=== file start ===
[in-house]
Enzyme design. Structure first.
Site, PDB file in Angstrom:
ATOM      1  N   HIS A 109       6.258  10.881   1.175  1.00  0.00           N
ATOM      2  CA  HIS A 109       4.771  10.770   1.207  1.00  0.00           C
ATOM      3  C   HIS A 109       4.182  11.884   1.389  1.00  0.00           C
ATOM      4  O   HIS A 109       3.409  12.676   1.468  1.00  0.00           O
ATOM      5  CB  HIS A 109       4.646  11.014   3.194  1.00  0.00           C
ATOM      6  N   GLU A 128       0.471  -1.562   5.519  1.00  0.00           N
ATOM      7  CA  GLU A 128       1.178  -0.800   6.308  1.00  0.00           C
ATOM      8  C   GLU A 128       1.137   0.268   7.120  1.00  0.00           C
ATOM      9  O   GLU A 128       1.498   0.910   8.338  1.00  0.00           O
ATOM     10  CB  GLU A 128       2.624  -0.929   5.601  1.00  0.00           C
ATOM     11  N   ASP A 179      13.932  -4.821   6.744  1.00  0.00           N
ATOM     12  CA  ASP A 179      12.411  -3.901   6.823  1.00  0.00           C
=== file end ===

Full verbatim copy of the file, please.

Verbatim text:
[in-house]
Enzyme design. Structure first.
Site, PDB file in Angstrom:
ATOM      1  N   HIS A 109       6.258  10.881   1.175  1.00  0.00           N
ATOM      2  CA  HIS A 109       4.771  10.770   1.207  1.00  0.00           C
ATOM      3  C   HIS A 109       4.182  11.884   1.389  1.00  0.00           C
ATOM      4  O   HIS A 109       3.409  12.676   1.468  1.00  0.00           O
ATOM      5  CB  HIS A 109       4.646  11.014   3.194  1.00  0.00           C
ATOM      6  N   GLU A 128       0.471  -1.562   5.519  1.00  0.00           N
ATOM      7  CA  GLU A 128       1.178  -0.800   6.308  1.00  0.00           C
ATOM      8  C   GLU A 128       1.137   0.268   7.120  1.00  0.00           C
ATOM      9  O   GLU A 128       1.498   0.910   8.338  1.00  0.00           O
ATOM     10  CB  GLU A 128       2.624  -0.929   5.601  1.00  0.00           C
ATOM     11  N   ASP A 179      13.932  -4.821   6.744  1.00  0.00           N
ATOM     12  CA  ASP A 179      12.411  -3.901   6.823  1.00  0.00           C